Hello Workwell

On Being a Stay-at-Home Father

SoulAlyssa Davis
Photo by Lonely Planet on Unsplash

Photo by Lonely Planet on Unsplash

"The Pew Research Center finds that the number of stay-at-home dads in this country has risen from about 1.1 million in 1989 to 2 million in 2012. More significantly, the number of dads who are staying at home primarily because they want to take care of their kids has risen from 5% to 21%. This represents a sea change in attitude, as more than four times as many stay-at-home dads are at home because they choose to be.” – Brian Gresko, Babble

Family Matters

What’s the first thing you think of when you hear the term “stay-at-home dad”? What are some characteristics that come to mind? Maybe you’re thinking that they lost their job or were unable to find work or that they work remotely. What thoughts come up for you about the stay-at-home mom? Are they similar? You see where we’re going with this.

In Denmark, parents get 52 weeks of paid parental leave. Generally speaking, the mother gets 4 weeks before the due date and 14 weeks after. The father then has 2 weeks within the first 14 weeks after the birth of paid leave. After that, both the mother and father have 32 weeks to share the leave. You can then apply for an extension of paid parental leave after that where you’ll receive less pay but will still get paid.

Enter the United States: the only industrialized country without guaranteed paid parental leave. In fact it’s one of the only thing both political parties can agree on, with 84% of voters supporting a comprehensive national paid family policy for all workers. And yet – we still don’t have a policy in place.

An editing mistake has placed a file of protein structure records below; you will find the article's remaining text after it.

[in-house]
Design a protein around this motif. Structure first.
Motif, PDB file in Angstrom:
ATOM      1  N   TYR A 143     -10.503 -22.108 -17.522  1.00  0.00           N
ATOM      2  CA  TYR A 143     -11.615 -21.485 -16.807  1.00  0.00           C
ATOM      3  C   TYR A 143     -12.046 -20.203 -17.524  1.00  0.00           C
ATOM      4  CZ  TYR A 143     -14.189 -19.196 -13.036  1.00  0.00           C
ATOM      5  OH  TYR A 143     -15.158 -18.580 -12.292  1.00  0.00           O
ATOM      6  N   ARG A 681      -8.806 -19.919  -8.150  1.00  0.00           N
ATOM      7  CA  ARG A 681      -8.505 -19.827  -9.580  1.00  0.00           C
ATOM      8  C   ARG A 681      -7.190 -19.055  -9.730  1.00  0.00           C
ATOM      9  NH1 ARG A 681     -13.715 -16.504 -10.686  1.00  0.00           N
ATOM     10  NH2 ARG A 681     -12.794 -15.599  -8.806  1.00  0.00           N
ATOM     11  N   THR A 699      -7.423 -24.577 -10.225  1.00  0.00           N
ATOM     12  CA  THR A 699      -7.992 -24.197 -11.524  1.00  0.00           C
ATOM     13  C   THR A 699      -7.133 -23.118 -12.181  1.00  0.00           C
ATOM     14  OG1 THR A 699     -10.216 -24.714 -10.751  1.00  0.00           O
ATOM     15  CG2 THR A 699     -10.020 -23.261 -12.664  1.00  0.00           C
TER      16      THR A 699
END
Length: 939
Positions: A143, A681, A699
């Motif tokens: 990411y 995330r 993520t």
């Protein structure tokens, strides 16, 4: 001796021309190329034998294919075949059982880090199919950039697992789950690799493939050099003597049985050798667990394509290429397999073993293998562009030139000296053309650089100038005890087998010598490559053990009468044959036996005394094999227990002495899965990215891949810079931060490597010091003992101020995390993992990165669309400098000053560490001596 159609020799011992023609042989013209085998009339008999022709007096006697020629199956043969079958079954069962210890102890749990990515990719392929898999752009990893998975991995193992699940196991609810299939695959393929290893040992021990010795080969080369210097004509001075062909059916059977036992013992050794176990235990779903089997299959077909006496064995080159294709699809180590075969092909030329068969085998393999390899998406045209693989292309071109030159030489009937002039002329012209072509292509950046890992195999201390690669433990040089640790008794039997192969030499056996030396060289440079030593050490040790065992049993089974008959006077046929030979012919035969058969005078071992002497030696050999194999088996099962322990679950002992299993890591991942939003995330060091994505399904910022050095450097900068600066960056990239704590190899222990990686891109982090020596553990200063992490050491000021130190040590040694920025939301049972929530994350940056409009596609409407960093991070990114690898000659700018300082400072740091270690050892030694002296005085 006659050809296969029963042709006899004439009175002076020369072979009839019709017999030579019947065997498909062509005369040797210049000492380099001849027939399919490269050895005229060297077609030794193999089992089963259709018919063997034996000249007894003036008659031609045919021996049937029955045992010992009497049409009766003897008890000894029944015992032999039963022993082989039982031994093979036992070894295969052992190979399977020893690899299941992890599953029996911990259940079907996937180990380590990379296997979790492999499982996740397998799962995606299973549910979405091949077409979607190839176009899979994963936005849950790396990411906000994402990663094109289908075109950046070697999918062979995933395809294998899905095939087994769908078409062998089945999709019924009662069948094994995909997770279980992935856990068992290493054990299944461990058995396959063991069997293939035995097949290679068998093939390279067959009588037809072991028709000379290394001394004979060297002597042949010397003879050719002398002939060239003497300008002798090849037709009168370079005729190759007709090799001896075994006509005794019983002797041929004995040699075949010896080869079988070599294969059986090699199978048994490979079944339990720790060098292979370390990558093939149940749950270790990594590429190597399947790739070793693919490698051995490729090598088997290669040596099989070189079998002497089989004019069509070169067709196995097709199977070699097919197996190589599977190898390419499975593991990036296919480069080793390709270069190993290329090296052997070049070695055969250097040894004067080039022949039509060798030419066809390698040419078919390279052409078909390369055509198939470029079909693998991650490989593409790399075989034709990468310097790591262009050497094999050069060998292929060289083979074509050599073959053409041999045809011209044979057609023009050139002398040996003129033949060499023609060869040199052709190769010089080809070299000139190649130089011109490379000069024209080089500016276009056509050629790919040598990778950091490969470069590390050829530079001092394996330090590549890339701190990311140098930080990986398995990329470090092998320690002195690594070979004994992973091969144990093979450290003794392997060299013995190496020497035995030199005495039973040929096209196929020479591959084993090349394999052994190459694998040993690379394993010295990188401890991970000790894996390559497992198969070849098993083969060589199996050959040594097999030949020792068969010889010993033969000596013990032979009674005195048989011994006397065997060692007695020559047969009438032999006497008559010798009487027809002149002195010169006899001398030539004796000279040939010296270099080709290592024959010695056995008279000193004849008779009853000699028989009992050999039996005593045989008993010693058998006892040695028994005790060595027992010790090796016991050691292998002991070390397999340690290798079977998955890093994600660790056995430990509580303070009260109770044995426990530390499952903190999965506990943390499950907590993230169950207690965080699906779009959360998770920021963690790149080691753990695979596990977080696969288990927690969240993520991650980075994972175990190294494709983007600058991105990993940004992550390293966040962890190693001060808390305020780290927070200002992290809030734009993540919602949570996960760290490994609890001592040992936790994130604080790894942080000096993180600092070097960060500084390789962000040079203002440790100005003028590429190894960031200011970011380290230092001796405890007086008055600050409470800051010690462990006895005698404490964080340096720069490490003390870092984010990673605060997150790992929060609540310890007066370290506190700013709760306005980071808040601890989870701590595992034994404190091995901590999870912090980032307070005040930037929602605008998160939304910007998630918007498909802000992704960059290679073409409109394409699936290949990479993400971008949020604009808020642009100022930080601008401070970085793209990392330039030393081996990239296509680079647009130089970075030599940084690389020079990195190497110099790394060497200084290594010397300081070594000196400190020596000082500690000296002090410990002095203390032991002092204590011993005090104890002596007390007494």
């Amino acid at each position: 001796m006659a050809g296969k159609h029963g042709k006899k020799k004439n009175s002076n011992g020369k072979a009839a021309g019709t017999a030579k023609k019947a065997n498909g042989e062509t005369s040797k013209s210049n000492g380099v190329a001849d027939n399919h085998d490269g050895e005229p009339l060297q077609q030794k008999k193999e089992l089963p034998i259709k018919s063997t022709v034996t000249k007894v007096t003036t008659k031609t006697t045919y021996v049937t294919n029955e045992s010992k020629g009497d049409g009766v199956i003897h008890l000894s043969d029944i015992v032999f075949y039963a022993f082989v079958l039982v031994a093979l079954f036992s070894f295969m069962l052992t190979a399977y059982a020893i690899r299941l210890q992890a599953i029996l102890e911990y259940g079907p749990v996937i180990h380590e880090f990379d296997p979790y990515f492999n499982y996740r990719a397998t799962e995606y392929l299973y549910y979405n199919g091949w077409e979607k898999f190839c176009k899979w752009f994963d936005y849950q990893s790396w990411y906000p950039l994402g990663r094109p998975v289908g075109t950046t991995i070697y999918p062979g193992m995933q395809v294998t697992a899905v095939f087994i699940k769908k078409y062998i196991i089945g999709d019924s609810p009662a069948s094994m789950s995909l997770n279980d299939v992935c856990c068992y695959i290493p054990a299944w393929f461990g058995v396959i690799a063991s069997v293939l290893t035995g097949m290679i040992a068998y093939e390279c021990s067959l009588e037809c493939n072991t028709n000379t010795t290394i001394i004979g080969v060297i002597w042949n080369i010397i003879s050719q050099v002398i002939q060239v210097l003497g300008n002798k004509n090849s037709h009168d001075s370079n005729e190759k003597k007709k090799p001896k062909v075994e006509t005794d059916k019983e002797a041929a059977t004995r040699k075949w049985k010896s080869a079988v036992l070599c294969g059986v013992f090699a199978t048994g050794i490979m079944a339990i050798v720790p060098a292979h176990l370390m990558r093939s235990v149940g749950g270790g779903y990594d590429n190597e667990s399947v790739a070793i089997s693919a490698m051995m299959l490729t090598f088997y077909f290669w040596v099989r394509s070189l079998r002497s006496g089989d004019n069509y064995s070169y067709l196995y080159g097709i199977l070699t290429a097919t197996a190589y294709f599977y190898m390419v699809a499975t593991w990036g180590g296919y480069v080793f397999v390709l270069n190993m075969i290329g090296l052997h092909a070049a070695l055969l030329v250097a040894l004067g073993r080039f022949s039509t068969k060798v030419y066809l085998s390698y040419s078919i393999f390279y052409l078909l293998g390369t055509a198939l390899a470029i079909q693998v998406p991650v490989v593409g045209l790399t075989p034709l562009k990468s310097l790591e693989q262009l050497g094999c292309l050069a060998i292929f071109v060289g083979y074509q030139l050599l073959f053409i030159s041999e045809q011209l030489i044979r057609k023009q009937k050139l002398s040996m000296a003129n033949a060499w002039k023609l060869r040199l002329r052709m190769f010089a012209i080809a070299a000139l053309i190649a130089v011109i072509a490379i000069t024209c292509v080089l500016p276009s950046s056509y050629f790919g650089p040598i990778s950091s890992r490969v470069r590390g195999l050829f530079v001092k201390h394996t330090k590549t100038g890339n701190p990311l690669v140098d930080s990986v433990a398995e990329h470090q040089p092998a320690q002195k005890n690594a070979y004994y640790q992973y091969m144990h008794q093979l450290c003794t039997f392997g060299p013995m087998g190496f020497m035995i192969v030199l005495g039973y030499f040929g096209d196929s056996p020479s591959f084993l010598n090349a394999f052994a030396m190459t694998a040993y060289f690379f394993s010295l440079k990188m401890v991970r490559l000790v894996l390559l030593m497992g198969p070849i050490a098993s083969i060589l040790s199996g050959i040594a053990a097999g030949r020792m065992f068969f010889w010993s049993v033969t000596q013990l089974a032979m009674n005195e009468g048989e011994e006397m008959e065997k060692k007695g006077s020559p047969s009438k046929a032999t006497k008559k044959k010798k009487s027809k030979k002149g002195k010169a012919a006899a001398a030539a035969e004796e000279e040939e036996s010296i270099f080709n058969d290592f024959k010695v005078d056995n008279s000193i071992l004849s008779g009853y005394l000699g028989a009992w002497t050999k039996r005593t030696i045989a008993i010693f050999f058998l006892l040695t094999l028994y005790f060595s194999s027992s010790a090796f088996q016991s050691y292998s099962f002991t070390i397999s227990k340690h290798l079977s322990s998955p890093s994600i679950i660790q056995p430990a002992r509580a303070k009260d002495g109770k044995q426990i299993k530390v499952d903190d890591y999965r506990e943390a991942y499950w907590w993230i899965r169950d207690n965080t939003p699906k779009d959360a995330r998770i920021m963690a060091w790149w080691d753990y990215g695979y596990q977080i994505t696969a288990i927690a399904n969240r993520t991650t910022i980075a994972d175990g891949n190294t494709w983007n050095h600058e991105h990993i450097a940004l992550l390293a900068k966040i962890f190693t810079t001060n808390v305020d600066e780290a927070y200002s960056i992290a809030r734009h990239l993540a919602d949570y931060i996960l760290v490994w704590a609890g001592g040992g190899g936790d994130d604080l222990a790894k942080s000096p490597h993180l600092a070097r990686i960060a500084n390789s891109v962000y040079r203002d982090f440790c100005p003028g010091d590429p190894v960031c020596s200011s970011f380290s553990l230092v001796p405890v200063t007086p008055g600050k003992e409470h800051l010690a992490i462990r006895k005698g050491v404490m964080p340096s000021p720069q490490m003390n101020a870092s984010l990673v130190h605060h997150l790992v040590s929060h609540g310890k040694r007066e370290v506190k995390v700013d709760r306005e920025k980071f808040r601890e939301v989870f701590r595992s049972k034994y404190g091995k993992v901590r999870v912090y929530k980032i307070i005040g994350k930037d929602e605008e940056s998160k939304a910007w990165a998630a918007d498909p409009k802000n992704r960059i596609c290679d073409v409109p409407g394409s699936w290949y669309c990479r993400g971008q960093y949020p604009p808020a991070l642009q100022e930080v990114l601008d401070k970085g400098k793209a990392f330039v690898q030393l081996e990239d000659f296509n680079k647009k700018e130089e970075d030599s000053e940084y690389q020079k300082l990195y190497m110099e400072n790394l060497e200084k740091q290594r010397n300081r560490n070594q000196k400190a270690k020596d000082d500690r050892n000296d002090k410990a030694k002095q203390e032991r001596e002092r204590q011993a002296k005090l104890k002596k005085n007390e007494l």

As a society, we’re sent mixed messages about parental leave. Despite the overwhelming support of the need for family leave, there still seems to be a stigma around stay-at-home dads. A study from PEW found that 53% of Americans (breast feeding aside) think mothers do a better job than fathers at caring for their newborns. Only 1% of Americans said that fathers do a better job than mothers. And the rest believe they do it equally well.

Traditional gender roles support the stay-at-home mom. There’s programs designed to help them get back to work. See: returnships. And though, maybe these returnships are open to both men and women by law – who are those that are hiring more sympathetic towards? We can imagine it’s probably not the dads who chose to stay with their children while their wives worked full time.

So if you’re a dad who’s choosing to stay at home – here’s your plan of attack.

Own your decision.

That’s all there is to it. You are taking the path less trodden. You owe no one any explanations.

Stay-at-home father Mark Tyler recalls when “a fellow non-traditional couple came over for brunch one weekend. ‘It was probably funny and ironic enough for a fly on the wall to witness two dads talking about the travails of raising preschoolers while their wives talked about business,’ says Mark. ‘But the real ‘aha’ moment came as they were about to leave. Carol and I both wished Diana well as she navigated the pregnancy and impending birth with her career, and jokingly warned Bill that he was about to have his hands full. ‘Don’t feel sorry for Bill,’ Diana joked, ‘He’s got total job security now.’ With that, she gave him a loving pat on the rear end. It was funny, and we laughed, but I couldn’t help think I’d just witnessed a scene from the 1950’s except in reverse.’

Enjoy the irony of it all and hope that eventually stay-at-home parenting on both ends will be more normalized. Until then, we see you, we support you, rock on.